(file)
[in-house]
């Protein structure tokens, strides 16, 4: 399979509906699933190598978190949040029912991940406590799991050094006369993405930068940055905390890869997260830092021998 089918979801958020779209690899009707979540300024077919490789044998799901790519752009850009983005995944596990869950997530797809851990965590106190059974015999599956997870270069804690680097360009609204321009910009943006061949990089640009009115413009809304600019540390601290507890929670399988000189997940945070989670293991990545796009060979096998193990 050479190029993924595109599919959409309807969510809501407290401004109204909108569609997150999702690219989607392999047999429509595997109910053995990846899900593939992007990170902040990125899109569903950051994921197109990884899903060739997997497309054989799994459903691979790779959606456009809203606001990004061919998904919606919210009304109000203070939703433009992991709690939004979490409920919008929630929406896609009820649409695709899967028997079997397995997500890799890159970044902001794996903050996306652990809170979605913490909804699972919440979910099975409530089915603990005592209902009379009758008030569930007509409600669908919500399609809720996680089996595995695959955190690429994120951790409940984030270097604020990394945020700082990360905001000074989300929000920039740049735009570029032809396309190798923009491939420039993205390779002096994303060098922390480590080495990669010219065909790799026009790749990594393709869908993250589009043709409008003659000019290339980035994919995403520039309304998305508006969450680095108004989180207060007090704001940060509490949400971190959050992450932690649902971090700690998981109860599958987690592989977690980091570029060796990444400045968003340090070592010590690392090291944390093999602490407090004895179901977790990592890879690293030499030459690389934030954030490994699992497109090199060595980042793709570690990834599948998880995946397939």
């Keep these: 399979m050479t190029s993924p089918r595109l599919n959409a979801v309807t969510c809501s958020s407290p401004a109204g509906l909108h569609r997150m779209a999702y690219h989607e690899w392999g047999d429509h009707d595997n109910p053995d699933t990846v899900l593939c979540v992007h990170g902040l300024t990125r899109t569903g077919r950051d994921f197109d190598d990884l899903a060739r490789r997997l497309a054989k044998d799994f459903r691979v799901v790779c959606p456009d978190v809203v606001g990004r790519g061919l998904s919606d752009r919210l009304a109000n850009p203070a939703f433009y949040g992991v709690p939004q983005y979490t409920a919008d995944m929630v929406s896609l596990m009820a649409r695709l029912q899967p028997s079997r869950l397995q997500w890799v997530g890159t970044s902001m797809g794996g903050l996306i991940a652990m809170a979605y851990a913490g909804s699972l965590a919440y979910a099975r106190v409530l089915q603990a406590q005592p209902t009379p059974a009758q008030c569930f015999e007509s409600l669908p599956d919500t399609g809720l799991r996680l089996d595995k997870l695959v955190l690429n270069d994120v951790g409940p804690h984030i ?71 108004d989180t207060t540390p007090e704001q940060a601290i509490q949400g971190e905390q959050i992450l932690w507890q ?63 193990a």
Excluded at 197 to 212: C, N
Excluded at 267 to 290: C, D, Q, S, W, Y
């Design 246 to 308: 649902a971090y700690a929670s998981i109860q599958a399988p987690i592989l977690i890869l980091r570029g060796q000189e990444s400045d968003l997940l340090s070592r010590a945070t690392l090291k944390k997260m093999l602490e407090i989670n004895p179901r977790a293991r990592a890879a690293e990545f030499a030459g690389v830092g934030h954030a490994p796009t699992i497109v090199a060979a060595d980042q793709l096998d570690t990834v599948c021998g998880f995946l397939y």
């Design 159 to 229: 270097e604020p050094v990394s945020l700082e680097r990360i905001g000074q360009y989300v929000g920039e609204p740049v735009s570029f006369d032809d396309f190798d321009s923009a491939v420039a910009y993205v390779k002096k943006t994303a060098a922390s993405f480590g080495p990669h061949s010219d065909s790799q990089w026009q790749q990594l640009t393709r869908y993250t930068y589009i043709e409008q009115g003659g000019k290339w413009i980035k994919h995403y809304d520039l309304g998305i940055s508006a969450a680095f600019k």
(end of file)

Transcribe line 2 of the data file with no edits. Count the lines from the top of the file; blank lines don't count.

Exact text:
């Protein structure tokens, strides 16, 4: 399979509906699933190598978190949040029912991940406590799991050094006369993405930068940055905390890869997260830092021998 089918979801958020779209690899009707979540300024077919490789044998799901790519752009850009983005995944596990869950997530797809851990965590106190059974015999599956997870270069804690680097360009609204321009910009943006061949990089640009009115413009809304600019540390601290507890929670399988000189997940945070989670293991990545796009060979096998193990 050479190029993924595109599919959409309807969510809501407290401004109204909108569609997150999702690219989607392999047999429509595997109910053995990846899900593939992007990170902040990125899109569903950051994921197109990884899903060739997997497309054989799994459903691979790779959606456009809203606001990004061919998904919606919210009304109000203070939703433009992991709690939004979490409920919008929630929406896609009820649409695709899967028997079997397995997500890799890159970044902001794996903050996306652990809170979605913490909804699972919440979910099975409530089915603990005592209902009379009758008030569930007509409600669908919500399609809720996680089996595995695959955190690429994120951790409940984030270097604020990394945020700082990360905001000074989300929000920039740049735009570029032809396309190798923009491939420039993205390779002096994303060098922390480590080495990669010219065909790799026009790749990594393709869908993250589009043709409008003659000019290339980035994919995403520039309304998305508006969450680095108004989180207060007090704001940060509490949400971190959050992450932690649902971090700690998981109860599958987690592989977690980091570029060796990444400045968003340090070592010590690392090291944390093999602490407090004895179901977790990592890879690293030499030459690389934030954030490994699992497109090199060595980042793709570690990834599948998880995946397939």